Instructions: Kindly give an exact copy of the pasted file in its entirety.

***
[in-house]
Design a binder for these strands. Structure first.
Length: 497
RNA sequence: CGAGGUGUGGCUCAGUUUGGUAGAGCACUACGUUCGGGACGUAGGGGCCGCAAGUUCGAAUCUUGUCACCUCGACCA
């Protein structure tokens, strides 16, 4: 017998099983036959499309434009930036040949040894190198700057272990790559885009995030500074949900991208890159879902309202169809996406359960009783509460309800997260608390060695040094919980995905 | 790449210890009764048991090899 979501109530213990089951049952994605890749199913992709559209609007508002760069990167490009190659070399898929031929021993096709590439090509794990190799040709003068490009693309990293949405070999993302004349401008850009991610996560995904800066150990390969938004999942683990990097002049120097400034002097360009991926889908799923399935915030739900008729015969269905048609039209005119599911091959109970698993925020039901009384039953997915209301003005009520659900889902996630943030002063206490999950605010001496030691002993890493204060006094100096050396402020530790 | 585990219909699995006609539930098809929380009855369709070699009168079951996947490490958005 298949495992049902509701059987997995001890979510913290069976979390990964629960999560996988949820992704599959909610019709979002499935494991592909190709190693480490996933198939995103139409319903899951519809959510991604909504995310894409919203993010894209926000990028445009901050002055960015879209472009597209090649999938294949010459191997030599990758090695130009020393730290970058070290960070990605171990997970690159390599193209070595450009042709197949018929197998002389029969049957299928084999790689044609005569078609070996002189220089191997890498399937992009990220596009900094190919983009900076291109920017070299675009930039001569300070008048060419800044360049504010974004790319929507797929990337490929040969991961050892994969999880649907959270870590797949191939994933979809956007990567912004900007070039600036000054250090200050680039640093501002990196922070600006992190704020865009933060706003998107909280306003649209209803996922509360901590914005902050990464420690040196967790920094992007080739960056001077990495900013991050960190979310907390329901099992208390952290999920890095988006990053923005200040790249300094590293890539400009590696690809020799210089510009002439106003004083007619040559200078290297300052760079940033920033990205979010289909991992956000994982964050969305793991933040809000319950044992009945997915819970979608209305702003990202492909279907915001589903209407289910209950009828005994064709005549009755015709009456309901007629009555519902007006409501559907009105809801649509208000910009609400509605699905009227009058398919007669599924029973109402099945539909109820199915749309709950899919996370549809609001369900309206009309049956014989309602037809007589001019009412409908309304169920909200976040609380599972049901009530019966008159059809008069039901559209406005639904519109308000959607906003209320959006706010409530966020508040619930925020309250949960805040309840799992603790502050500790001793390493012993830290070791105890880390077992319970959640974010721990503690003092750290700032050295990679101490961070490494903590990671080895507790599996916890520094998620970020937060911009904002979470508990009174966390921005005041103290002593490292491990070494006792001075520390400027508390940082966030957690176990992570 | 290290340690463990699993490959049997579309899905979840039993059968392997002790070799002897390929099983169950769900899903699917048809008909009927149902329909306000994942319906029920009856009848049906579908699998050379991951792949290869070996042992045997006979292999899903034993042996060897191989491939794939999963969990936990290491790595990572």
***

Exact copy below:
[in-house]
Design a binder for these strands. Structure first.
Length: 497
RNA sequence: CGAGGUGUGGCUCAGUUUGGUAGAGCACUACGUUCGGGACGUAGGGGCCGCAAGUUCGAAUCUUGUCACCUCGACCA
């Protein structure tokens, strides 16, 4: 017998099983036959499309434009930036040949040894190198700057272990790559885009995030500074949900991208890159879902309202169809996406359960009783509460309800997260608390060695040094919980995905 | 790449210890009764048991090899 979501109530213990089951049952994605890749199913992709559209609007508002760069990167490009190659070399898929031929021993096709590439090509794990190799040709003068490009693309990293949405070999993302004349401008850009991610996560995904800066150990390969938004999942683990990097002049120097400034002097360009991926889908799923399935915030739900008729015969269905048609039209005119599911091959109970698993925020039901009384039953997915209301003005009520659900889902996630943030002063206490999950605010001496030691002993890493204060006094100096050396402020530790 | 585990219909699995006609539930098809929380009855369709070699009168079951996947490490958005 298949495992049902509701059987997995001890979510913290069976979390990964629960999560996988949820992704599959909610019709979002499935494991592909190709190693480490996933198939995103139409319903899951519809959510991604909504995310894409919203993010894209926000990028445009901050002055960015879209472009597209090649999938294949010459191997030599990758090695130009020393730290970058070290960070990605171990997970690159390599193209070595450009042709197949018929197998002389029969049957299928084999790689044609005569078609070996002189220089191997890498399937992009990220596009900094190919983009900076291109920017070299675009930039001569300070008048060419800044360049504010974004790319929507797929990337490929040969991961050892994969999880649907959270870590797949191939994933979809956007990567912004900007070039600036000054250090200050680039640093501002990196922070600006992190704020865009933060706003998107909280306003649209209803996922509360901590914005902050990464420690040196967790920094992007080739960056001077990495900013991050960190979310907390329901099992208390952290999920890095988006990053923005200040790249300094590293890539400009590696690809020799210089510009002439106003004083007619040559200078290297300052760079940033920033990205979010289909991992956000994982964050969305793991933040809000319950044992009945997915819970979608209305702003990202492909279907915001589903209407289910209950009828005994064709005549009755015709009456309901007629009555519902007006409501559907009105809801649509208000910009609400509605699905009227009058398919007669599924029973109402099945539909109820199915749309709950899919996370549809609001369900309206009309049956014989309602037809007589001019009412409908309304169920909200976040609380599972049901009530019966008159059809008069039901559209406005639904519109308000959607906003209320959006706010409530966020508040619930925020309250949960805040309840799992603790502050500790001793390493012993830290070791105890880390077992319970959640974010721990503690003092750290700032050295990679101490961070490494903590990671080895507790599996916890520094998620970020937060911009904002979470508990009174966390921005005041103290002593490292491990070494006792001075520390400027508390940082966030957690176990992570 | 290290340690463990699993490959049997579309899905979840039993059968392997002790070799002897390929099983169950769900899903699917048809008909009927149902329909306000994942319906029920009856009848049906579908699998050379991951792949290869070996042992045997006979292999899903034993042996060897191989491939794939999963969990936990290491790595990572």